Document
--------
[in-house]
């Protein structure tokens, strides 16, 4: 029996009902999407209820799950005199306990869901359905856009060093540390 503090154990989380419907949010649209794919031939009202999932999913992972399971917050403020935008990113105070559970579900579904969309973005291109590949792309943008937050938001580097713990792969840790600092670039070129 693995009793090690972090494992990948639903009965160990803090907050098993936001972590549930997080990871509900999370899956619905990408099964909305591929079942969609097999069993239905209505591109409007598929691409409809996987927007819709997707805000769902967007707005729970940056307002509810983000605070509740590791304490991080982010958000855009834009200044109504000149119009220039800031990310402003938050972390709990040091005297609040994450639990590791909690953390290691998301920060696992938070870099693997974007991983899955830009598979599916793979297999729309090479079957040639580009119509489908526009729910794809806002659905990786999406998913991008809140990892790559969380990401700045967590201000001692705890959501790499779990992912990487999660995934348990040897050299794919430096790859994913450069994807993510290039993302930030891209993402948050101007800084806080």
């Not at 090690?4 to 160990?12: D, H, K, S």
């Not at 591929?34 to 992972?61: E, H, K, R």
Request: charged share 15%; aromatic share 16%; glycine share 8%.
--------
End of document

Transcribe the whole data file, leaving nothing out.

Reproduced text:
[in-house]
């Protein structure tokens, strides 16, 4: 029996009902999407209820799950005199306990869901359905856009060093540390 503090154990989380419907949010649209794919031939009202999932999913992972399971917050403020935008990113105070559970579900579904969309973005291109590949792309943008937050938001580097713990792969840790600092670039070129 693995009793090690972090494992990948639903009965160990803090907050098993936001972590549930997080990871509900999370899956619905990408099964909305591929079942969609097999069993239905209505591109409007598929691409409809996987927007819709997707805000769902967007707005729970940056307002509810983000605070509740590791304490991080982010958000855009834009200044109504000149119009220039800031990310402003938050972390709990040091005297609040994450639990590791909690953390290691998301920060696992938070870099693997974007991983899955830009598979599916793979297999729309090479079957040639580009119509489908526009729910794809806002659905990786999406998913991008809140990892790559969380990401700045967590201000001692705890959501790499779990992912990487999660995934348990040897050299794919430096790859994913450069994807993510290039993302930030891209993402948050101007800084806080």
């Not at 090690?4 to 160990?12: D, H, K, S």
């Not at 591929?34 to 992972?61: E, H, K, R």
Request: charged share 15%; aromatic share 16%; glycine share 8%.